Canada held its second election in less than two years and all we got was more of the same, or did we?
As far as federal elections are concerned, the 44th Election was one of the least eventful I can recall in my 30-plus years of monitoring and working on campaigns; this despite the fact that it took place during the fourth wave of the COVID pandemic. In fact, I suspect that most Canadians will have forgotten about yesterday’s election before all the mail-in ballots have been counted. With barely one-third of the country supporting the Liberal Party, Justin Trudeau will form the next government and continue to be Canada’s Prime Minister for the foreseeable future. Many pundits will argue that nothing of consequence was accomplished during this election, with only small changes to the number of seats for each party and a deja-vu minority Parliament that will continue with business as usual until the Throne Speech.
However, I would argue that something important did happen during this campaign – Canadians now know who Erin O’Toole is and he has a solid base of supporters on which to build his next campaign.
Of course, this simple fact does not mean that Mr. O’Toole becomes the Prime Minister in waiting, but it does mean that he may quickly become a viable alternative to Prime Minister Trudeau if his support holds, which can be a powerful factor in any minority Parliament. I expect the next parliamentary session to be a lot more heated than the one previous and threats to bring down the government will hamper the Liberals from accomplishing many of their election promises.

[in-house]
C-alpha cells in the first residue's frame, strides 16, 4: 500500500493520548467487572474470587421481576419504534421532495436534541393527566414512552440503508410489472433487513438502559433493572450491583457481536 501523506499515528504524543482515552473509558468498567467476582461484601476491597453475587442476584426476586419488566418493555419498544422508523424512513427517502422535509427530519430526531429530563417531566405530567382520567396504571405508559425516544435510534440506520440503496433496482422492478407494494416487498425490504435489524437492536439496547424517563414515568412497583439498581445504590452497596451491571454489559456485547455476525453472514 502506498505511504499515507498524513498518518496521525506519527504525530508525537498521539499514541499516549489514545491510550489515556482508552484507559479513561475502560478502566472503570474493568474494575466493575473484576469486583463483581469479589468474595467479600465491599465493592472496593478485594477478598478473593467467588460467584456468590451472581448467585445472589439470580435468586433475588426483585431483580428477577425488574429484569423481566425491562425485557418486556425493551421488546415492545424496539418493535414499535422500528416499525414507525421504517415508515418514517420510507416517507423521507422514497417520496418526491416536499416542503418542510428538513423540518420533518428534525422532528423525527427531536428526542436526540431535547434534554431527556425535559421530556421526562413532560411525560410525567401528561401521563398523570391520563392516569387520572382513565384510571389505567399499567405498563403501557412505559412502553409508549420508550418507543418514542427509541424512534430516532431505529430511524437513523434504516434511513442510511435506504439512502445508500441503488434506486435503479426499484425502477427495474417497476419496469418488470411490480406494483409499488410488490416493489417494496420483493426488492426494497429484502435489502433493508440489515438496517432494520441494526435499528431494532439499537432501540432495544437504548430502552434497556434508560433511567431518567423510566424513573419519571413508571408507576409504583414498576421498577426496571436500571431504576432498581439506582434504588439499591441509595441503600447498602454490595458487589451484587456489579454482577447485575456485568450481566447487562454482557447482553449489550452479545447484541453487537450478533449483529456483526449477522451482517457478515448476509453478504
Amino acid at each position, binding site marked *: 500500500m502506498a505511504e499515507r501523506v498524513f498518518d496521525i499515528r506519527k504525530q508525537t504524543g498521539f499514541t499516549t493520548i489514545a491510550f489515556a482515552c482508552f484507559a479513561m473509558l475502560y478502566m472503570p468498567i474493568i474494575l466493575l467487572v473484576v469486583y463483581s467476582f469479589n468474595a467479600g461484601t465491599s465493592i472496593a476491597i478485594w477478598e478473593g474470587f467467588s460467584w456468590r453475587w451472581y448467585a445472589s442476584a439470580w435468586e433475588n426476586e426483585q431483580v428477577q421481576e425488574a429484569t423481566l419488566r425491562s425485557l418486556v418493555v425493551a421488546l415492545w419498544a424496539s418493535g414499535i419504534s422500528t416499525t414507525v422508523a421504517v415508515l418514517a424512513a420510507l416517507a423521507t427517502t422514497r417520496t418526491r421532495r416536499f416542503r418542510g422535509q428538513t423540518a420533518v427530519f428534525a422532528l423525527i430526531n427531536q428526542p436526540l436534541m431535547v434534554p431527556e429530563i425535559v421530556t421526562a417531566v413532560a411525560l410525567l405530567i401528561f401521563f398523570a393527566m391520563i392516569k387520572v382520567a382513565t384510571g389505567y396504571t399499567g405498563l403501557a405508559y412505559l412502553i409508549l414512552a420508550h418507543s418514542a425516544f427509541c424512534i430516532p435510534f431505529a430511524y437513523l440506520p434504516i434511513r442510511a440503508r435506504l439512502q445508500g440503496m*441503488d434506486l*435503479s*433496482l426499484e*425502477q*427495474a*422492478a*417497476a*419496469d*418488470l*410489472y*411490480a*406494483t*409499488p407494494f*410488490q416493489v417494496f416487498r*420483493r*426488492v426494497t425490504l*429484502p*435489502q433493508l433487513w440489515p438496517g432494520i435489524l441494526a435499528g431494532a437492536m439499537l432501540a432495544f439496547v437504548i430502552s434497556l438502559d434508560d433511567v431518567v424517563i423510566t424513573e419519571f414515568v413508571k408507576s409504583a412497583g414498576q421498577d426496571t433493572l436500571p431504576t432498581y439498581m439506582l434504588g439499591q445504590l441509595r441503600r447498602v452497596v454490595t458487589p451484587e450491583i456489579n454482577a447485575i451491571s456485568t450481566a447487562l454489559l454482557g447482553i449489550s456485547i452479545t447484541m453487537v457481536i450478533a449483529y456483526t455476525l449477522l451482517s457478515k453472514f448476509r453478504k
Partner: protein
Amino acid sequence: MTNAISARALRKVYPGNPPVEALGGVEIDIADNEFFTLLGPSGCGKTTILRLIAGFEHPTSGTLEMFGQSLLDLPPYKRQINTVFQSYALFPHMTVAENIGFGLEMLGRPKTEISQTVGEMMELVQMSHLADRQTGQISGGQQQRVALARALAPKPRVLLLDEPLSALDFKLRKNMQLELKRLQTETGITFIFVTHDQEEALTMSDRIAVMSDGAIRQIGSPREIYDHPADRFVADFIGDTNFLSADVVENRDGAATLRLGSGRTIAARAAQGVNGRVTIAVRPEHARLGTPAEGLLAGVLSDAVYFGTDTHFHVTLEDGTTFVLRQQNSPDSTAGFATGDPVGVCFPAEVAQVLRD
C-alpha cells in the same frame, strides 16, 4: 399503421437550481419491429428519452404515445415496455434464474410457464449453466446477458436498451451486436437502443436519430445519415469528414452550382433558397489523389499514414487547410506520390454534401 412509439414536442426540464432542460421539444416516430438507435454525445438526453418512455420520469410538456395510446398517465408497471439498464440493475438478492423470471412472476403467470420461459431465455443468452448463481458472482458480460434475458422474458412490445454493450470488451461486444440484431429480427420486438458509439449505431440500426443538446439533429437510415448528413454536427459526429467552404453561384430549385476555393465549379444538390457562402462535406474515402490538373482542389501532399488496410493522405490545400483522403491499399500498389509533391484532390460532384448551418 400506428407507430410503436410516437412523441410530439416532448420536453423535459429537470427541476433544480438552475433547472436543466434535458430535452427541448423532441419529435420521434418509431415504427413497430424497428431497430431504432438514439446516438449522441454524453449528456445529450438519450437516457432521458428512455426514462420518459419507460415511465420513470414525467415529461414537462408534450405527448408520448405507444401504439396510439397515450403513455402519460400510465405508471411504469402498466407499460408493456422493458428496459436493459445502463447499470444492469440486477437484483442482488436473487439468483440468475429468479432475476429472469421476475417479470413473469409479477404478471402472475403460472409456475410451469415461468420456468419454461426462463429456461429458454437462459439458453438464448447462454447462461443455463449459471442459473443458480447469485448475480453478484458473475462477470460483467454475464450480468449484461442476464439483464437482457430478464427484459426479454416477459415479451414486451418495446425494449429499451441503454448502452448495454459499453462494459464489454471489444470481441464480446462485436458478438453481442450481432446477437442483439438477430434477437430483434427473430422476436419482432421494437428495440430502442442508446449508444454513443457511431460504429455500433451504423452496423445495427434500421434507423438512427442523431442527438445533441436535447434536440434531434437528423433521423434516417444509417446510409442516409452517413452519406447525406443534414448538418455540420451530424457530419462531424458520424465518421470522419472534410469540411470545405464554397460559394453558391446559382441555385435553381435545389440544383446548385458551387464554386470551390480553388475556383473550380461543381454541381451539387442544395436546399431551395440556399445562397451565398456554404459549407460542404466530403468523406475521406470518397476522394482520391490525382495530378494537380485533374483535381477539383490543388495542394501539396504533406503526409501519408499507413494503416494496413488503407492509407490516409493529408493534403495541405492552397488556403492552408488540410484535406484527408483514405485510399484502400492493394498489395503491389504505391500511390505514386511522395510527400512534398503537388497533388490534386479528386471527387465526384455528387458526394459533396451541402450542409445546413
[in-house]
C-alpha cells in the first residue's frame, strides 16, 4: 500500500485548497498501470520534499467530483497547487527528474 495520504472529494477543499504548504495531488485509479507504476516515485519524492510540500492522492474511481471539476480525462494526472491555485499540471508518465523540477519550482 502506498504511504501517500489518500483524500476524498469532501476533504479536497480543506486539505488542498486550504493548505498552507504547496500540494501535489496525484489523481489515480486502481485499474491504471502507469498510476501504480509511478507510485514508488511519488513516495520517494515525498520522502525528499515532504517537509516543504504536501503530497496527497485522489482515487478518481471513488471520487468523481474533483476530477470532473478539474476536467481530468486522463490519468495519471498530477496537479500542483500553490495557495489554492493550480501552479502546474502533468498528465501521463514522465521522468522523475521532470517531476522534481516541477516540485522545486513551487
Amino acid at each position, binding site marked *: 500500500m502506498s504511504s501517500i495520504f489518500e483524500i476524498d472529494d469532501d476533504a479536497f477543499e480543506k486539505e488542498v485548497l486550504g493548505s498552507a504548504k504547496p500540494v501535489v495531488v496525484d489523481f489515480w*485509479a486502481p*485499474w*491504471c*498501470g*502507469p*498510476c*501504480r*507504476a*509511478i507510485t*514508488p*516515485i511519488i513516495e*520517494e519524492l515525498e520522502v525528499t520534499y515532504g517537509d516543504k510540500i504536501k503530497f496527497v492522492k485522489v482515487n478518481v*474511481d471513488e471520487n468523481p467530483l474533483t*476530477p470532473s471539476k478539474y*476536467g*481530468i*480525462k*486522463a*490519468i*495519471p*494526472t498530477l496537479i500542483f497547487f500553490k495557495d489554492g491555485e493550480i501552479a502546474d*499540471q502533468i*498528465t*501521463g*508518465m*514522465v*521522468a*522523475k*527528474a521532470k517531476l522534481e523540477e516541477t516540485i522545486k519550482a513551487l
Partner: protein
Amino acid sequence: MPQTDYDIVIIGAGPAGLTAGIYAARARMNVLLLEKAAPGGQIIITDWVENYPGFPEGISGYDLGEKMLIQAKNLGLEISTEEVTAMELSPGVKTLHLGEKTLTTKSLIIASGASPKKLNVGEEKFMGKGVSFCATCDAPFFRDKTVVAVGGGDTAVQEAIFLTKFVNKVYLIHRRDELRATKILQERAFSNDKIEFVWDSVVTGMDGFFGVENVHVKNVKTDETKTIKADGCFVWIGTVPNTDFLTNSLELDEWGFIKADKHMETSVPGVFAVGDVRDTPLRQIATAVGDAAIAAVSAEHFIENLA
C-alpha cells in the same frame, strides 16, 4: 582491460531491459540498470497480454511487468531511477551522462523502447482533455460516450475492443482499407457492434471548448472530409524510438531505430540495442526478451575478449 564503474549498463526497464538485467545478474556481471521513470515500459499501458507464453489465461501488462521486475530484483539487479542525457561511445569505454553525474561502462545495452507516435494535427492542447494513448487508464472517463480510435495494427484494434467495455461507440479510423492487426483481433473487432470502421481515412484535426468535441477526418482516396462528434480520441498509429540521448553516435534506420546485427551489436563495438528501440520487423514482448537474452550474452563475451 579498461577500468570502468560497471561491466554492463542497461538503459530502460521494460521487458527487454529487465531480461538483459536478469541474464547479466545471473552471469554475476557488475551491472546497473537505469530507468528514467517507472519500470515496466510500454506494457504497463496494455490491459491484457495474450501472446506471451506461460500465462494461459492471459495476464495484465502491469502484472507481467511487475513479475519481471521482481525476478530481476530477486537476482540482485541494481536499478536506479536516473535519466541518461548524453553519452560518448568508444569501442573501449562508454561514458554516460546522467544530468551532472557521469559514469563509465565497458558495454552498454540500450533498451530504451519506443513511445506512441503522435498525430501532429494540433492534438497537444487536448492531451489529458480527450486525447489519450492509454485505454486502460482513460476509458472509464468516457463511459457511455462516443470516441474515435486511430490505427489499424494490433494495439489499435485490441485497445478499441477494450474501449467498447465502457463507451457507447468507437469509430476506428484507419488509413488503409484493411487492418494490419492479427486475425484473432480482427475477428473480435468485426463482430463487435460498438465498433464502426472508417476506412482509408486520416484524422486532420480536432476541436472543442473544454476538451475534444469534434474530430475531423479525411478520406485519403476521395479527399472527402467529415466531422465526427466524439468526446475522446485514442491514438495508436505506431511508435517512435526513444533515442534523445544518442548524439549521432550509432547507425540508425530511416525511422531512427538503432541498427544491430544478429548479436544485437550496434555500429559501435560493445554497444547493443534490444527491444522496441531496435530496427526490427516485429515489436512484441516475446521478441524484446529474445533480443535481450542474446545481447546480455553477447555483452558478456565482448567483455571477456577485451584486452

It would be easy for the Liberals to take this win as an endorsement of their plan and their government and continue with their agenda. That would be a mistake. I suspect the smart people around Prime Minister Trudeau (and he has many) will be arguing for a “reset” of their agenda and communications efforts, as well as an injection of humility given the fact that the vast majority of Canadians voted for a party other than the Liberals. I would watch for a balanced Throne Speech and a spring Budget with a “sprinkling” of NDP policy ideas included to ensure the Budget Bill passes.
With respect to Erin O’Toole, assuming his caucus continues to support his leadership, he can now focus on building his base of support across the country, raising money, differentiating himself from the Liberals and ultimately finding the right time to bring down the minority Liberal government and signalling the start of the 45th general election.
Bliss Baker is former chief of staff to the northern development and mines minister in addition to being an advisor to two Prime Ministers and various elected officials. Bliss also has extensive private sector experience as Vice President of the Canadian Bankers Association, public relations experience in the pipeline industry, President of a national industry association, and various leadership positions in the public affairs arena.